Rewind to the techno cavern in Volume as the last tracks of Sella Turcica rattled and pounded away behind the waves of smoke seeping from the stage, I am huddled in the dark next to the speakers. I feel a hand rest on my shoulder and I turn to see Villads Klint from next act Khalil offering a hello. Khalil is a Copenhagen based experimental act featuring some of the best local music minds in Villads Klint, Simon Formann and Nikolaj Vonsild. It will be my first time seeing them live after meeting Klint and Formann at Phono Festival in Odense a month before. I am interested in seeing them after all the talk surrounding their inclusion for such an important show thrown by a Collective predominantly affiliated with floor banging techno. It seems an odd choice for the night and the booking raised a few eyebrows. With their debut release distributed by Posh Isolation it wasn’t for lack of perceived quality, it just wasn’t what people were expecting.
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Back at the table with only half of the Tuborg left Højlund explains, “It maybe wasn’t the best fit, but we feel we should be able to do what we want. If we want to put a concert in the beginning of a rave it won’t be the first time. We also want to challenge people a bit because if it’s just the same thing every time it gets boring.”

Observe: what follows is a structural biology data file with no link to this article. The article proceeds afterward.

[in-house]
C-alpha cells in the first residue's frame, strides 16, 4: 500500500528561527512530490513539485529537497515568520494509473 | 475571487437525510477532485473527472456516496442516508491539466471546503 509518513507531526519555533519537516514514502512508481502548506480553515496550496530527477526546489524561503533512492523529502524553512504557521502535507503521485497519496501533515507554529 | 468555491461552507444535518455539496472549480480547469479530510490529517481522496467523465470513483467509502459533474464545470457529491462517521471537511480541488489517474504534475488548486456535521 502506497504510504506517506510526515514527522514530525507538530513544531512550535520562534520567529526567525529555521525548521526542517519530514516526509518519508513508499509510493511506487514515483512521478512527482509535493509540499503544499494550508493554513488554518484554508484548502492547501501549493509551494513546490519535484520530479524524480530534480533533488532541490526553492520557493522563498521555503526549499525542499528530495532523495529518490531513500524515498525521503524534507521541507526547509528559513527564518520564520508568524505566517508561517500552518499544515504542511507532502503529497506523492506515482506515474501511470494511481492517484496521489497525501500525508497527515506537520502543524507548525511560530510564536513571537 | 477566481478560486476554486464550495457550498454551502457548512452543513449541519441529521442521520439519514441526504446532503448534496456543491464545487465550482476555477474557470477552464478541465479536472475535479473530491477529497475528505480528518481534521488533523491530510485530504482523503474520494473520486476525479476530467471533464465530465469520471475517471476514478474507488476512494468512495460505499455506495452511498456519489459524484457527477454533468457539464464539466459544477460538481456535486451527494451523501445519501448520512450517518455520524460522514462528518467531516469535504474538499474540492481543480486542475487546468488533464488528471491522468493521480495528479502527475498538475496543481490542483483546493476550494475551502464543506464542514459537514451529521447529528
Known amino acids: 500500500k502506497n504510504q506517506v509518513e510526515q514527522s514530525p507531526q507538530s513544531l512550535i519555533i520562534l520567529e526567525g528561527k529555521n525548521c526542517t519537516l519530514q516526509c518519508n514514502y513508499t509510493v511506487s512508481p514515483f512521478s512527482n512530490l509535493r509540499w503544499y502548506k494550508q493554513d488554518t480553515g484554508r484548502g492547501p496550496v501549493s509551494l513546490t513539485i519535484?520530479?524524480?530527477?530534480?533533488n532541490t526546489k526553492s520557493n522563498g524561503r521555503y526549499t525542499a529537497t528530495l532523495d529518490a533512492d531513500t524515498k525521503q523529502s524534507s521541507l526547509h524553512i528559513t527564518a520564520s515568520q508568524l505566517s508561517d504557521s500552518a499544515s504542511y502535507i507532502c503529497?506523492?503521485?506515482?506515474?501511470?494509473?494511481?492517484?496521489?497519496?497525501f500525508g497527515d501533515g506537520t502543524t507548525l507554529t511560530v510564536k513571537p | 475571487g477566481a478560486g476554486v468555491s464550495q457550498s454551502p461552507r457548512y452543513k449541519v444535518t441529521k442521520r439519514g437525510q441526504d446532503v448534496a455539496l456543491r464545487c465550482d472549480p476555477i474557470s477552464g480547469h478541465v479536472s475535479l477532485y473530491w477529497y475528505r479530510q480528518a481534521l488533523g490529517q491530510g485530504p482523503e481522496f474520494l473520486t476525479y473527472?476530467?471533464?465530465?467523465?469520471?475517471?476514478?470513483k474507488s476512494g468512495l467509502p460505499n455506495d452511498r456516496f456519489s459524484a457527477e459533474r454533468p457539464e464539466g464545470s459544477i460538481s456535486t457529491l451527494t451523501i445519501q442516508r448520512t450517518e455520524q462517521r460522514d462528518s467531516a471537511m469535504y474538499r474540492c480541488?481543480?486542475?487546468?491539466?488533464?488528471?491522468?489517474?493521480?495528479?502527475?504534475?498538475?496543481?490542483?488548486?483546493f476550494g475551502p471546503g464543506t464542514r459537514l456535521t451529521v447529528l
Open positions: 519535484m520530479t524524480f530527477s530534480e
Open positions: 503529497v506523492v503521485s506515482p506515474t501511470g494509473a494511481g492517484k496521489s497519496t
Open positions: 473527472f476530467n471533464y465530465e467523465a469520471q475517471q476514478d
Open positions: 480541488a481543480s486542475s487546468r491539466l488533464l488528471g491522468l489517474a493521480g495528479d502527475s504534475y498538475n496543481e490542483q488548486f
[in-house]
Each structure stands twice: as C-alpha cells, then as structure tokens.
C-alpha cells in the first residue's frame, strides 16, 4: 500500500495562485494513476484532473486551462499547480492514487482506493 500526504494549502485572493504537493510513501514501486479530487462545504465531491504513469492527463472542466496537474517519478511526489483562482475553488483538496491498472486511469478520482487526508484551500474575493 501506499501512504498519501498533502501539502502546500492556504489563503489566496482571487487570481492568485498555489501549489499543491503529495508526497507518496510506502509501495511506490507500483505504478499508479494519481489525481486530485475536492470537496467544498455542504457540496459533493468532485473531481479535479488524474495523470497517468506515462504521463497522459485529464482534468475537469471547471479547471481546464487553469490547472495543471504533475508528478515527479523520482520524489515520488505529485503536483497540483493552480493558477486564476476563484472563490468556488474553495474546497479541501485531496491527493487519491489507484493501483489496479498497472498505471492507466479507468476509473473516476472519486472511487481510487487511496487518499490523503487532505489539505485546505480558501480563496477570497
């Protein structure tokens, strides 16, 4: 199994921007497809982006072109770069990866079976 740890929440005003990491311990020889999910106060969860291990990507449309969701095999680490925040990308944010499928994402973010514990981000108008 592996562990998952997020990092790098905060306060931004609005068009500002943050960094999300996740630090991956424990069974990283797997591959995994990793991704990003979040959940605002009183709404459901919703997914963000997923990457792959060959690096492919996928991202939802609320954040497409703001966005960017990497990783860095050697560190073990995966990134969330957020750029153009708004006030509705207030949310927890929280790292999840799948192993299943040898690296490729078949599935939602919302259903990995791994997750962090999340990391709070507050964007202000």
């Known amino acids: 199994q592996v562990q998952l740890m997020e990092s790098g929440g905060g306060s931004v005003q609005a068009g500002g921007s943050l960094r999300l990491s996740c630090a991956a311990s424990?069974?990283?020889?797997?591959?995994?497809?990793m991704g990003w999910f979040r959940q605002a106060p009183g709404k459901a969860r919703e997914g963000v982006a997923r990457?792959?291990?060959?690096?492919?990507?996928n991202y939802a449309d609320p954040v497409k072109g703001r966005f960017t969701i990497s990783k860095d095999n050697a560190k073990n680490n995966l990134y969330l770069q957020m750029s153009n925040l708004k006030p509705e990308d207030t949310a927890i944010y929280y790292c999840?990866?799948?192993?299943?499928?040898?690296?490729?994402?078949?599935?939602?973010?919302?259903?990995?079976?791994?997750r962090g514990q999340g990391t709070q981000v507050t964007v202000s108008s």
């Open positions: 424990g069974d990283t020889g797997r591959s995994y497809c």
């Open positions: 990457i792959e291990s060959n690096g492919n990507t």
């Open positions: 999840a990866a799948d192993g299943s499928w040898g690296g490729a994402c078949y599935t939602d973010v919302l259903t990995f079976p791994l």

With more people trickling into the show and a real queue beginning to form in the cold night the first notes from Khalil’s electrifying performance cut into the space with an energy and presence that left any remnant of a boring or bad booking in the cellar. Khalil brought a feel that tied the existing fanbase together and brought a pacifying feel to the skeptical and unfamiliar. With a sound I can best describe as snapping, cracking and employing frequencies that could shatter the concrete under-foot without leaving a gram of dust, the room went into a frenzy, and surrounded me with bodies dancing along to the expansive sound escaping from the speakers. Vonsild in particular used his committed stage presence and ethereal voice to be sure that there wasn’t one foot left still by the stage. Members of the collective crowded the front of the staging area as I stealthe with my camera amongst a wall of supporters. It was one of the first hygge moments of the night and even though the sound was playing loud enough that plugs were necessary, you could still feel the silence between beats and detect genuine enjoyment in the smiles and embraces of people as they moved between blissful states.